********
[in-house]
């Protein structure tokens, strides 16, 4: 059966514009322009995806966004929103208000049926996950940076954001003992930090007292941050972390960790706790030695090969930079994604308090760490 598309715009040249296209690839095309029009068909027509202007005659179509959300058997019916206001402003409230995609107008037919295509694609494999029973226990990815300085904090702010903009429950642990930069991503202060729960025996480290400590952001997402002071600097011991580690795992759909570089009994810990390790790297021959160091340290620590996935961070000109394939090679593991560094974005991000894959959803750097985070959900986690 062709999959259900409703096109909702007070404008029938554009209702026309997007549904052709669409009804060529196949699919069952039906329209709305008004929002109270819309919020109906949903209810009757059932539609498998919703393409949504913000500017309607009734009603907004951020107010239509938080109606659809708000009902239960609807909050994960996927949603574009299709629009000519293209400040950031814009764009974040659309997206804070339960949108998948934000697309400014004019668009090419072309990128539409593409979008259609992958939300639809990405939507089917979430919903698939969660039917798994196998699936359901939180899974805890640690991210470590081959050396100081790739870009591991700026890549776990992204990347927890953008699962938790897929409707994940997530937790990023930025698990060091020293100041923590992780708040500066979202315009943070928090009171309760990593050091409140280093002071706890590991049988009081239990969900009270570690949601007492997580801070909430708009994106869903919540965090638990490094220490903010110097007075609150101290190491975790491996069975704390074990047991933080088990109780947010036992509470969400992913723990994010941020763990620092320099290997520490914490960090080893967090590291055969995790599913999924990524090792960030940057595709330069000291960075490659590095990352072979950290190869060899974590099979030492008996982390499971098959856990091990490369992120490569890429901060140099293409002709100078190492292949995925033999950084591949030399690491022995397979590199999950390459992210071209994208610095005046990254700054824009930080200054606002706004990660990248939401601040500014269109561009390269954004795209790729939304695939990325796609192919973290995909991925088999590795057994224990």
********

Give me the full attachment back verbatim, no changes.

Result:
[in-house]
């Protein structure tokens, strides 16, 4: 059966514009322009995806966004929103208000049926996950940076954001003992930090007292941050972390960790706790030695090969930079994604308090760490 598309715009040249296209690839095309029009068909027509202007005659179509959300058997019916206001402003409230995609107008037919295509694609494999029973226990990815300085904090702010903009429950642990930069991503202060729960025996480290400590952001997402002071600097011991580690795992759909570089009994810990390790790297021959160091340290620590996935961070000109394939090679593991560094974005991000894959959803750097985070959900986690 062709999959259900409703096109909702007070404008029938554009209702026309997007549904052709669409009804060529196949699919069952039906329209709305008004929002109270819309919020109906949903209810009757059932539609498998919703393409949504913000500017309607009734009603907004951020107010239509938080109606659809708000009902239960609807909050994960996927949603574009299709629009000519293209400040950031814009764009974040659309997206804070339960949108998948934000697309400014004019668009090419072309990128539409593409979008259609992958939300639809990405939507089917979430919903698939969660039917798994196998699936359901939180899974805890640690991210470590081959050396100081790739870009591991700026890549776990992204990347927890953008699962938790897929409707994940997530937790990023930025698990060091020293100041923590992780708040500066979202315009943070928090009171309760990593050091409140280093002071706890590991049988009081239990969900009270570690949601007492997580801070909430708009994106869903919540965090638990490094220490903010110097007075609150101290190491975790491996069975704390074990047991933080088990109780947010036992509470969400992913723990994010941020763990620092320099290997520490914490960090080893967090590291055969995790599913999924990524090792960030940057595709330069000291960075490659590095990352072979950290190869060899974590099979030492008996982390499971098959856990091990490369992120490569890429901060140099293409002709100078190492292949995925033999950084591949030399690491022995397979590199999950390459992210071209994208610095005046990254700054824009930080200054606002706004990660990248939401601040500014269109561009390269954004795209790729939304695939990325796609192919973290995909991925088999590795057994224990």